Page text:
NCAA Allows Second Year of Senior Eligibility

Kate Clark, Sports Editor

The NCAA Division I Council announced their decision on March 30, 2020 to allow another year of eligibility for spring-sport athletes whose seasons were cut short due to the coronavirus outbreak.

Despite the good news that athletes will regain an additional season of play,  the decision is still up to the universities whether or not they will allow a “make-up” season. This decision to allow an additional season for spring sports will bring financial aid into question. As many athletes are playing on a scholarship, the NCAA has suggested that if universities chose to allow an additional season of eligibility, that the athletes pay for some or all of the cost of their opportunity to play.

The NCAA announced on March 12th, 2020 that postseason tournaments for winter sports will be cancelled, with no opportunity for another season of eligibility. However, the sports that are allowed an additional season will include baseball, softball, golf, tennis, lacrosse, and track and field.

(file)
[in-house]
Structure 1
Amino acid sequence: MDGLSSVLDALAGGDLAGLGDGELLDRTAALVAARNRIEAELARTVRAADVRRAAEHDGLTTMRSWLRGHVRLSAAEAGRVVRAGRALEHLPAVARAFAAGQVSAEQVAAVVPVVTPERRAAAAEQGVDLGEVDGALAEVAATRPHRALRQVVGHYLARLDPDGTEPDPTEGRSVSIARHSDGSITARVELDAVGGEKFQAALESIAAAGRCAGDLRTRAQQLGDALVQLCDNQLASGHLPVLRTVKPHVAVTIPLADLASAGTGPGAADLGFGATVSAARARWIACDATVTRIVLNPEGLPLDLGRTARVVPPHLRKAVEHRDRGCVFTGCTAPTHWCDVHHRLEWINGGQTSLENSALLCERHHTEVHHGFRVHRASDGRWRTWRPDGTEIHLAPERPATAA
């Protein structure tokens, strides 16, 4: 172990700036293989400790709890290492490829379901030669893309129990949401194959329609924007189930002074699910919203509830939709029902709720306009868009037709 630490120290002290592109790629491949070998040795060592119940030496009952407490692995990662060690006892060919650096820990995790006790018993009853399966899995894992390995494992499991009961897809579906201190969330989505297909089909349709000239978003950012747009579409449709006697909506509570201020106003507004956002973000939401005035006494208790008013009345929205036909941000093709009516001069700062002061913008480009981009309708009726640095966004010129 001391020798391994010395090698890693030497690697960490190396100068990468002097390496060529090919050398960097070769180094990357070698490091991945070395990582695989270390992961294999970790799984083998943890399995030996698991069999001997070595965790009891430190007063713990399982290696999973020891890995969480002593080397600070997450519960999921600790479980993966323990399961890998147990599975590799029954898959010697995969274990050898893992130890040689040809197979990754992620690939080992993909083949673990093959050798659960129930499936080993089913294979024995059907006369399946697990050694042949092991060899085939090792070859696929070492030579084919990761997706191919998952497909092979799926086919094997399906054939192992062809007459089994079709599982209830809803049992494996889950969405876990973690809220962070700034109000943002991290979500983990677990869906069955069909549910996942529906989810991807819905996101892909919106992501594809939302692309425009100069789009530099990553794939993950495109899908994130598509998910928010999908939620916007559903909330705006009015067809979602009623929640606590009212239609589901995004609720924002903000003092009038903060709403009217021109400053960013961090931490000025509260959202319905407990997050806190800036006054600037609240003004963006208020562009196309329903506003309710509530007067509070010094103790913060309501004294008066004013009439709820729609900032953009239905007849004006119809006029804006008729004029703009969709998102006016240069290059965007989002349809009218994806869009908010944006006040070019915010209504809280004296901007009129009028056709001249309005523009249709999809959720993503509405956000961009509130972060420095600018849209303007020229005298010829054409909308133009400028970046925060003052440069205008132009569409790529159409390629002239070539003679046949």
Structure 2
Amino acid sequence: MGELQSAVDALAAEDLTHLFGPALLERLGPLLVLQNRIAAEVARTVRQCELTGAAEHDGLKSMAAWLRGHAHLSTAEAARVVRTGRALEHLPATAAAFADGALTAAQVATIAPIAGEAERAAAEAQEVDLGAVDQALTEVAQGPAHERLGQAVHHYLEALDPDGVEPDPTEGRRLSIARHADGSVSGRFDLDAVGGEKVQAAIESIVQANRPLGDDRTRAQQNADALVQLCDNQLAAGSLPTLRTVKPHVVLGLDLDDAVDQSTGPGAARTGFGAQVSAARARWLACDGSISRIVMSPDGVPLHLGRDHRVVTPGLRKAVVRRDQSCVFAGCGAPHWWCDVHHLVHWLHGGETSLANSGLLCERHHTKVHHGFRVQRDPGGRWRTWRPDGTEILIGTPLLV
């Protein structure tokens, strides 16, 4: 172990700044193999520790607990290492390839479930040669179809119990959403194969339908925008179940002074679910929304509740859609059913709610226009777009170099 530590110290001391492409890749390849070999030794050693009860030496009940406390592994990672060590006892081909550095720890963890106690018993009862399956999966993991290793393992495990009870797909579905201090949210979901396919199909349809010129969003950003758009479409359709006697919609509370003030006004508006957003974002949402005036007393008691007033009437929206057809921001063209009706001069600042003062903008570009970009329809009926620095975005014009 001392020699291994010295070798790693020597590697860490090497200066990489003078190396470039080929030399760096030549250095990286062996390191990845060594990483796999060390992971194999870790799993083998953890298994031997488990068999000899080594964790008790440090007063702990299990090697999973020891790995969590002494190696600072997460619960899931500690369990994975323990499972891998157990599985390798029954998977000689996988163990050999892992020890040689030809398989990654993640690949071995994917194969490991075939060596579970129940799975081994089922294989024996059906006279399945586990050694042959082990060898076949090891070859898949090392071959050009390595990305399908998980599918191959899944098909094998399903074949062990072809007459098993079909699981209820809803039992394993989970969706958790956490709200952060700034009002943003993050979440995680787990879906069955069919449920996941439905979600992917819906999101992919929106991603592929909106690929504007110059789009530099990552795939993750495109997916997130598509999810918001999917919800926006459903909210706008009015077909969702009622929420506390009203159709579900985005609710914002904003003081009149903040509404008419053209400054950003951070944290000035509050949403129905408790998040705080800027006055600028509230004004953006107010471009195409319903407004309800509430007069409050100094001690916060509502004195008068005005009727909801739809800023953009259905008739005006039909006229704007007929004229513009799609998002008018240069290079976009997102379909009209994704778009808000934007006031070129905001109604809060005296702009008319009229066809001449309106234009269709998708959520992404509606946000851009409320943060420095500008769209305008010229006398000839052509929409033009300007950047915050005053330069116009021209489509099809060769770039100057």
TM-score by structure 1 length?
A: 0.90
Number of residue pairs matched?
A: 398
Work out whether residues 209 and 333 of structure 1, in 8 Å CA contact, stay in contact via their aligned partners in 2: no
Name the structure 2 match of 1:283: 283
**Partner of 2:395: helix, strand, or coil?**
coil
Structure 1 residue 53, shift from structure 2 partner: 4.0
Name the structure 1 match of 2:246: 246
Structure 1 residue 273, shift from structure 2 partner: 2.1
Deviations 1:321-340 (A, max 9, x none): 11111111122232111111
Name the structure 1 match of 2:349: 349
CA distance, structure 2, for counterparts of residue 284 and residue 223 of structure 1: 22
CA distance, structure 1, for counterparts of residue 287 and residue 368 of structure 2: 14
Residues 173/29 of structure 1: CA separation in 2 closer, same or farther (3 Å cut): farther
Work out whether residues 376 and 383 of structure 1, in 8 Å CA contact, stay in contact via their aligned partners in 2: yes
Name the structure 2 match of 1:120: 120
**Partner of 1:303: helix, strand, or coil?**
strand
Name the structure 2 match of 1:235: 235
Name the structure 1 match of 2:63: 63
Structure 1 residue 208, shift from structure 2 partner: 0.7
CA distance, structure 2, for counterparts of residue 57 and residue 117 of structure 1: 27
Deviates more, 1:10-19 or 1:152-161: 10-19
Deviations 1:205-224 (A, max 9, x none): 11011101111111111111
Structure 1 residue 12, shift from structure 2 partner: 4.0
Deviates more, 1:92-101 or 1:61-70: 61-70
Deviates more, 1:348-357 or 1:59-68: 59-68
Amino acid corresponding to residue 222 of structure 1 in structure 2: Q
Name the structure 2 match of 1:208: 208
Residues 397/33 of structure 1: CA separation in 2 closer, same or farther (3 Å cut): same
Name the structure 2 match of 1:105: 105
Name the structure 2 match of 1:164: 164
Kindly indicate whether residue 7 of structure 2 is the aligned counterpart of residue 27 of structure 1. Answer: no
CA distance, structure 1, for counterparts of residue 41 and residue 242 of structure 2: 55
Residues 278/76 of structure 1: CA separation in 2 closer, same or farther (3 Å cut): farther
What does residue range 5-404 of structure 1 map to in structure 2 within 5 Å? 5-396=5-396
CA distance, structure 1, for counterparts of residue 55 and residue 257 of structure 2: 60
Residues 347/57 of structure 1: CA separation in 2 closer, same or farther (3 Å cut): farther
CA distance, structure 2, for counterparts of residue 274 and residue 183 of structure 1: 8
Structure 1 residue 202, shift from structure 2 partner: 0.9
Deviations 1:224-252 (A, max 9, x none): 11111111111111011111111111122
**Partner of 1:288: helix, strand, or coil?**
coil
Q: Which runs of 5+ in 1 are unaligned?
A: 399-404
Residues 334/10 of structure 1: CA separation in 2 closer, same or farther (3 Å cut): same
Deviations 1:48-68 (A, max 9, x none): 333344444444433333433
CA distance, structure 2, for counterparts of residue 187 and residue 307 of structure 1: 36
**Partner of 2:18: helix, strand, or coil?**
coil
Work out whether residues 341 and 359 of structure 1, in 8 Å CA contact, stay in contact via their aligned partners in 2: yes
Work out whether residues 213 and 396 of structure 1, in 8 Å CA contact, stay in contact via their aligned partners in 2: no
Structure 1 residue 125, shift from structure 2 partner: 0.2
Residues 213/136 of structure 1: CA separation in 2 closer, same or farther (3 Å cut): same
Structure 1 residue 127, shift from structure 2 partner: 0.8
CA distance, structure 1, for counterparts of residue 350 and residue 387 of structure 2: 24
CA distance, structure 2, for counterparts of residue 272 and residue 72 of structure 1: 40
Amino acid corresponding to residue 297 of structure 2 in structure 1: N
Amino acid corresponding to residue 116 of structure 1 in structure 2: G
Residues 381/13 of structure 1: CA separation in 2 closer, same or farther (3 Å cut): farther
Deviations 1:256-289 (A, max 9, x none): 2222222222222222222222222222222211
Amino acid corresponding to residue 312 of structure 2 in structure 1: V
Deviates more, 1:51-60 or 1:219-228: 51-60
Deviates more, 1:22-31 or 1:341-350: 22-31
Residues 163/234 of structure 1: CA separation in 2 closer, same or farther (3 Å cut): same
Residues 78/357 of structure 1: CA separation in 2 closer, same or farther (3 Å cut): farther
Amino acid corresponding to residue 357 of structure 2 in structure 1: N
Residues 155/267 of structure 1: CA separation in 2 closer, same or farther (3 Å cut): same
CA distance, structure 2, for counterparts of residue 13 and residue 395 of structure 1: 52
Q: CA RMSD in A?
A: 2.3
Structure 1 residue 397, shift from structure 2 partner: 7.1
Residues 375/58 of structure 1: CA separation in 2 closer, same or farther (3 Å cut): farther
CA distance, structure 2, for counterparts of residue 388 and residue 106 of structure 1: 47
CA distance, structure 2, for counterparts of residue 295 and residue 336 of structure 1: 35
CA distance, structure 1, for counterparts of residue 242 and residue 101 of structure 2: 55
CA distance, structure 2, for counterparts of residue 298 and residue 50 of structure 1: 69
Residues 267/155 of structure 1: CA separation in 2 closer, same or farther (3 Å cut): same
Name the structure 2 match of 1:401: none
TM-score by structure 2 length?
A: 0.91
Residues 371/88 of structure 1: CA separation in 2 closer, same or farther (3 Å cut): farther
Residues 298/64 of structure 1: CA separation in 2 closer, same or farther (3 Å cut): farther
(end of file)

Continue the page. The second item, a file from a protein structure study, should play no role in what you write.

For college teams that have a limited roster, seniors returning next season will be excused and not counted towards that limit. By doing this, both incoming freshman and returning seniors will have the opportunity to play.

The NCAA Council is composed of 40 members in which they were influenced by athletic departments to make this decision. With the fear of possible future financial struggles, the NCAA Council made the executive decision to allow another season of eligibility for players.

The NCAA has ultimately left the decision to allow another season of eligibility to the universities, as well as how they plan to bring back their senior athletes.   

“The Council’s decision gives individual schools the flexibility to make decisions at a campus level,” said Council chair M. Grace Calhoun, athletics director at Penn, in the NCAA Council press release. “The Board of Governors encouraged conferences and schools to take action in the best interest of student-athletes and their communities, and now schools have the opportunity to do that.”